People said they would advise others to be proactive, ask questions and to find information from the doctor and other sources such as the pharmacist, the internet or talking to others Flora‘s advice was to find out as much as possible about the treatment the doctor has suggested. ‘Don’t just accept the first thing you’re given by the GP, look it up and find out more about the drug you’ve been offered’. Thomas said if you’re prescribed an antidepressant you should find out about possible side effects and how to cope with them, as well as to know what dose you are taking, and for how long you might need to take the antidepressant. Greg advised people to ‘do your own research’ and also stressed how important it was to get support from friends and family when you are taking medication, (see ‘Finding out more information about antidepressant medicines’). 
 

‘I’d say that anybody who’s experiencing depression...

‘I’d say that anybody who’s experiencing depression...

Age at interview: 43
Sex: Female
Age at diagnosis: 21
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Get as much information from as many different sources as possible not just to accept the first thing that they were given by their GP and if they were given something by their GP to then look that up and on the websites they’ve got mental health and medical websites so to go to one of those make sure it’s connected with a mental health service or hospital so that you know it’s, you’ll get all the details of side effects and other details if you want to find out more about the drug itself. But also I would suggest that they go on line and maybe go on go to health forums and there’s also sort of some depression kind of forums to talk to people if they don’t know anybody but where they can contact the people to find out what their experiences are, just in terms of some support and also might make contact with people who might make helpful suggestions or be able to share some of their views.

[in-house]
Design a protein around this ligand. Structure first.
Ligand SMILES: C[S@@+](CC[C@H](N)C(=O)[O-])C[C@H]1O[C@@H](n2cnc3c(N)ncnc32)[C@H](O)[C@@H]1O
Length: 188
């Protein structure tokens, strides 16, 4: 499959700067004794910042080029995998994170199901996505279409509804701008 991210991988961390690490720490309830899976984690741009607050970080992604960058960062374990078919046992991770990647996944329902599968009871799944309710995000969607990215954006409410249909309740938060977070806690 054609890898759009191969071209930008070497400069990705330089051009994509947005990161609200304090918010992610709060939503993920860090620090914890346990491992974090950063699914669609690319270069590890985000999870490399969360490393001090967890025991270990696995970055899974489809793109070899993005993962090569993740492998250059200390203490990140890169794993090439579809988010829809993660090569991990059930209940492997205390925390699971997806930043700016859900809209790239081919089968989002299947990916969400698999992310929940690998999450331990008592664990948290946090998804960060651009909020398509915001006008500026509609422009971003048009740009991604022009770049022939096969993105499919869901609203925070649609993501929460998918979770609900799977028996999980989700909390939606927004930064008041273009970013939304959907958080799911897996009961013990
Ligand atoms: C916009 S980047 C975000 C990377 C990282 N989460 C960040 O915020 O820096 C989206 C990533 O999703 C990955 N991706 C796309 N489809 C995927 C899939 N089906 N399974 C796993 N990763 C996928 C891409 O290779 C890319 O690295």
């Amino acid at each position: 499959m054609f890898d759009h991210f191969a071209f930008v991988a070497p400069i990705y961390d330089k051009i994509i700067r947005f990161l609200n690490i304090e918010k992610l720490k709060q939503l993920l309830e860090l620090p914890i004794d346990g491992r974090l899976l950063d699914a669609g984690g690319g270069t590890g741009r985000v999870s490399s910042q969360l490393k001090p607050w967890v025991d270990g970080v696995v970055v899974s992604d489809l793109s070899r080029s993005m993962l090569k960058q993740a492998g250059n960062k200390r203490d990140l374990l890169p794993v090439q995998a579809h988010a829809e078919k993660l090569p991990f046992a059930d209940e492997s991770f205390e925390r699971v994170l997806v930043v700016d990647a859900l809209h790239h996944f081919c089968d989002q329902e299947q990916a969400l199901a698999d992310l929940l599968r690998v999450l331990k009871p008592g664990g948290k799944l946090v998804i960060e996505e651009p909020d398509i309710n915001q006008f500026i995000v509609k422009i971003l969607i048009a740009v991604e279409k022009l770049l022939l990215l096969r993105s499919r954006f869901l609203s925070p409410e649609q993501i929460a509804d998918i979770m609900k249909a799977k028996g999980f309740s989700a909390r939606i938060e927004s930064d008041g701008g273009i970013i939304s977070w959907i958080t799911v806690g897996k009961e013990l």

Also locally if they have a MIND service or a similar mental health charity that they can access MIND is particularly good because they are generally very well resourced but it depends what part of the region you’re in but they have a fantastic website they have also in major cities and towns Wellbeing Centres where you can actually ring up locally or just drop in to speak to somebody confidentially or to find out about other kind of support that might be in the community just counselling or groups or any kind of thing. I’d say that anybody who’s experiencing depression or anxiety or some kind of mental health problem then try and get as much advice and support as you can and for everybody that’s different.
Some said that they felt that taking an antidepressant had changed their lives for the better, others felt that it may or not work, but their advice was that if you don’t try you won’t ever know if it could help or not. Stephen said he hadn’t realised how bad he’d been feeling until he felt the positive benefits of an antidepressant and thinks people should definitely consider it as an option, and listen to friends or family if they are telling you they think you would benefit from some help.
 
 A key message people wanted to pass on was that antidepressants may make a real difference to the way you feel, but it’s also important to be realistic and not expect them to solve everything. Tim had tried them but wasn’t sure how much they had helped .His advice was that ‘they may be of some help but they’re not going to solve a problem, whatever the problem may be’. Lucy X felt sure that taking an antidepressant had helped her but that ‘it should be alongside something that gets down to the root of the problem’. Taking up opportunities for other treatment such as therapy or counselling was also recommended. Many believed it had been the combination of both that had been the key to their own recovery. For some people, taking an antidepressant can begin to help them to start to feel better and more able to address other issues in their lives, and some said it was worth thinking about taking an antidepressant for a short while before starting a course of therapy or counselling. If there is a waiting list for therapy or counselling taking an antidepressant may help you to cope whilst you’re waiting, as well as possibly getting you in a frame of mind to talk, (see also ‘Talking therapies and antidepressants’). Tim said he would advise people to make sure their doctor tells them about all the options that are available to treat depression. Some people said doctors were sometimes too quick to ‘reach for the prescription pad’ and that you should ask yourself whether you feel you really need an antidepressant and not feel obliged to take one. If you’re just feeling a bit sad or unhappy, it may not be the answer for you. 
 

Thomas feels its important try other strategies to help yourself...

Thomas feels its important try other strategies to help yourself...

Age at interview: 34
Sex: Male